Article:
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Inside Egypt's 3,000-year-old 'lost golden city'

April 12, 2021 07:58 IST
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A "lost golden city" in Egypt dating back 3,400 years has been revealed in what is being called the most important discovery in the country since the tomb of Tutankhamen in 1922.

IMAGE: A view of the site of the 'Lost Golden City', which was recently discovered by archaeologists, in the West Bank of Luxor, Upper Egypt. Photograph: Amr Abdallah Dalsh/Reuters

The city, buried under sands near the modern-day city of Luxor for three millennia, was uncovered in September 2020 by a team led by Egyptian archaeologist Zahi Hawass and has now been revealed to the world.

“The Egyptian mission under Dr Zahi Hawass found the city that was lost under the sands,” the archeology team said. “The city is 3,000 years old, dates to the reign of Amenhotep III, and continued to be used by Tutankhamun and Ay.”

 

It called the find the largest ancient city, known as Aten, ever uncovered in Egypt.

IMAGE: Workers at Aten or "the lost golden city" which is believed to be the largest ancient city ever discovered in Egypt and one of the most important finds since the discovery of Tutankhamun's tomb. Photograph: Mahmoud Khaled/Getty Images

Excavations uncovered bakeries, workshops and burials of animals and humans, along with jewellery, pots and mud bricks bearing seals of Amenhotep III.

The team initially set out to discover Tutankhamun's Mortuary Temple, where the young king was mummified and received status rites, but they stumbled upon something far greater.

IMAGE: Unearthed vases are seen at the site of the 'Lost Golden City', which was recently discovered by archaeologists, in the West Bank of Luxor, Upper Egypt. Photograph: Amr Abdallah Dalsh/Reuters

Within just weeks of digging, they uncovered 'mud brick formations in every direction,' Egyptian mission directed Zahi Hawass said in a statement.

'Many foreign missions searched for this city and never found it,' Hawass continued.

IMAGE: An archeological discovery at the the "lost golden city" of Luxor. Photograph: Zahi Hawass Center for Egyptology/via Reuters

Archaeologists unearthed the well-preserved city that had nearly complete walls and rooms filled with tools used in daily life along with rings, scarabs, coloured pottery vessels and mud bricks bearing seals of Amenhotep's cartouche, Luxor Times shared on Facebook.

'The city's streets are flanked by houses ... some of their walls are up to three metres high,' Hawass said.

IMAGE: Most of the ancient pottery is still intact after being hidden under the sand for thousands of years. Photograph: Amr Abdallah Dalsh/Reuters

Betsy Brian, Professor of Egyptology at John Hopkins University in Baltimore USA, was quoted as saying, "The discovery of this lost city is the second most important archeological discovery since the tomb of Tutankhamun.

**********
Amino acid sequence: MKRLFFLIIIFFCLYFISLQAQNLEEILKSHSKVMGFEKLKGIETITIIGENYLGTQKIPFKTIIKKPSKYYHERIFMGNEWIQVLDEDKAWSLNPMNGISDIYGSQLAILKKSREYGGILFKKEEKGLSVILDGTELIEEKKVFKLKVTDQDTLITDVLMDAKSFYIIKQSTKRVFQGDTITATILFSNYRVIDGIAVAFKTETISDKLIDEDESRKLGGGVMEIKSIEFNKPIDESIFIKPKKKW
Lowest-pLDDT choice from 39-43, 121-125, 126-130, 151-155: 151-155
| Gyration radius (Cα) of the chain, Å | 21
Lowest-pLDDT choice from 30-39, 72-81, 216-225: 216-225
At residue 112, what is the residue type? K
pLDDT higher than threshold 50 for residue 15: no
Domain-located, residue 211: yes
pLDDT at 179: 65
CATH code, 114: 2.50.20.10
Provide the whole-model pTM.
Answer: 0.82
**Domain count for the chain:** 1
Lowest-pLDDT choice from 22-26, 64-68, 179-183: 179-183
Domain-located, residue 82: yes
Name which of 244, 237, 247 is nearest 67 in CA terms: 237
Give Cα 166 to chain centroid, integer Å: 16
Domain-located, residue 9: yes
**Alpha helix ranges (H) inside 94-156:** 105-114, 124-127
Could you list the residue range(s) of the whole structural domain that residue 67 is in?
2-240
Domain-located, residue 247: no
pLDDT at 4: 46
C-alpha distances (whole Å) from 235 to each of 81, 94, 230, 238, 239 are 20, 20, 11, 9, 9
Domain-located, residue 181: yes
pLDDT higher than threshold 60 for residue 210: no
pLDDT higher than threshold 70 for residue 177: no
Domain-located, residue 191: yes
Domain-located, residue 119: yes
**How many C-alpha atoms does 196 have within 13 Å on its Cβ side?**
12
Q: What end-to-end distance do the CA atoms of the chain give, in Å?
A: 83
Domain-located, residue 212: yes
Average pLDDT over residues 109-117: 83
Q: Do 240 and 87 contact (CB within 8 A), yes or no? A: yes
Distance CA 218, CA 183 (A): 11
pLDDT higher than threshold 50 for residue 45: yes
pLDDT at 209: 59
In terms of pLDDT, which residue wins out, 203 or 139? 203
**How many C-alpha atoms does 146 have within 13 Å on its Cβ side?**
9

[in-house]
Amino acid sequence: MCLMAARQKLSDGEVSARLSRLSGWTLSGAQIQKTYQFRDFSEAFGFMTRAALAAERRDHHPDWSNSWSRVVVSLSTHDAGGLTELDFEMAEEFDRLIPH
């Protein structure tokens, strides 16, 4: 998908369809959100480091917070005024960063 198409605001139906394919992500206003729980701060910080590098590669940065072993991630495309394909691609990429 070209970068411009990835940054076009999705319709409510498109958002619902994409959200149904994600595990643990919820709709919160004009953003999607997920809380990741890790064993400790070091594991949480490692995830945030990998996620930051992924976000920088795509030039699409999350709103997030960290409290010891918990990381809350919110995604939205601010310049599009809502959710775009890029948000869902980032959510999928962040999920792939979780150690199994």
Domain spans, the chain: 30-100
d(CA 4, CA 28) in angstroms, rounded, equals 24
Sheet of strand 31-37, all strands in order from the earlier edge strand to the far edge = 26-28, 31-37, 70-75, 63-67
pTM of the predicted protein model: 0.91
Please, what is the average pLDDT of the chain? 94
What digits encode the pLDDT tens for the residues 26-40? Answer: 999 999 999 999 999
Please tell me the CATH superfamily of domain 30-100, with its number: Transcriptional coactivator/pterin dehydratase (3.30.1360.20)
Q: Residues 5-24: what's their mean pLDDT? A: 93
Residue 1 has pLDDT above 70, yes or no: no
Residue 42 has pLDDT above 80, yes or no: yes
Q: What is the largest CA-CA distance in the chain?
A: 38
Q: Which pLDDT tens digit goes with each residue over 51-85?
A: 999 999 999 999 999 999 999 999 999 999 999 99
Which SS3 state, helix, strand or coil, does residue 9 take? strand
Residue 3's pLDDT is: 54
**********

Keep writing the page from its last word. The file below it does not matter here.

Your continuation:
"The discovery of the Lost City, not only will give us a rare glimpse into the life of the Ancient Egyptians at the time where the Empire was at his wealthiest but will help us shed light on one of history's greatest mystery: why did Akhenaten & Nefertiti decide to move to Amarna."

IMAGE: Animal skeletal remains are seen the site of the 'Lost Golden City'. Photograph: Amr Abdallah Dalsh/Reuters

The city sits between Rameses III's temple at Medinet Habu and Amenhotep III's temple at Memnon.

Excavations began September 2020 and within weeks, archaeologists uncovered formations made of mud bricks.

IMAGE: Along with structural elements, there were burials found inside the city's walls. Photograph: Amr Abdallah Dalsh/Reuters

After more digging, archaeologists unearthed the site of the large, well-preserved city with almost complete walls, and rooms filled with tools once used by the city's inhabitants.
Hannah Pethen, a British archaeologist and honorary fellow of the University of Liverpool, who has worked on excavations in Egypt but wasn't involved in the Luxor dig, said the discovery was a landmark in the understanding of the region.

The newly discovered city is now one of three sites from around the same period — Rameses III's temple at Medinet Habu and Amenhotep III's temple at Memnon — and the newly discovered city's key role may be in confirming that things found there were common across the empire.

IMAGE: People look at unearthed archeological findings at the site of the 'Lost Golden City'. Photograph: Amr Abdallah Dalsh/Reuters

One of the biggest mysteries of the period is why Akhenaten and his queen, Nefertiti, abandoned their religion and kingdom in Thebes (modern-day Luxor) to build a new city, where they worshipped the sun. Some hope the lost city will provide clues, but not everyone is optimistic.

IMAGE: The 3000 year-old city which dates back to the reign of Amenhotep III was discovered near Luxor. After seven months of excavations the team unearthed several neighbourhoods which included, a bakery and administrative and residential districts. Jewelelry, pottery vessels, scarab beetle amulets, and rooms filled with tools of daily life were also found giving archaeologists a rare glimpse into ancient Egyptian life. Photograph: Mahmoud Khaled/Getty Images

"I wouldn't put any money on it. Ahkenaten has a habit of keeping his secrets — we've had several opportunities over the last 150 years to learn more, but somehow it's never quite come off, " Pethen said.

But as Hawass put it, our understanding of the ancient world is changing all the time: "You never know what the sand of Egypt might hide." 

IMAGE: View of Colossi of Memnon, the ruins of two stone statues that guarded the mortuary temple built for Pharaoh Amenhotep III in the West Bank of Luxor, Egypt. Photograph: Amr Abdallah Dalsh

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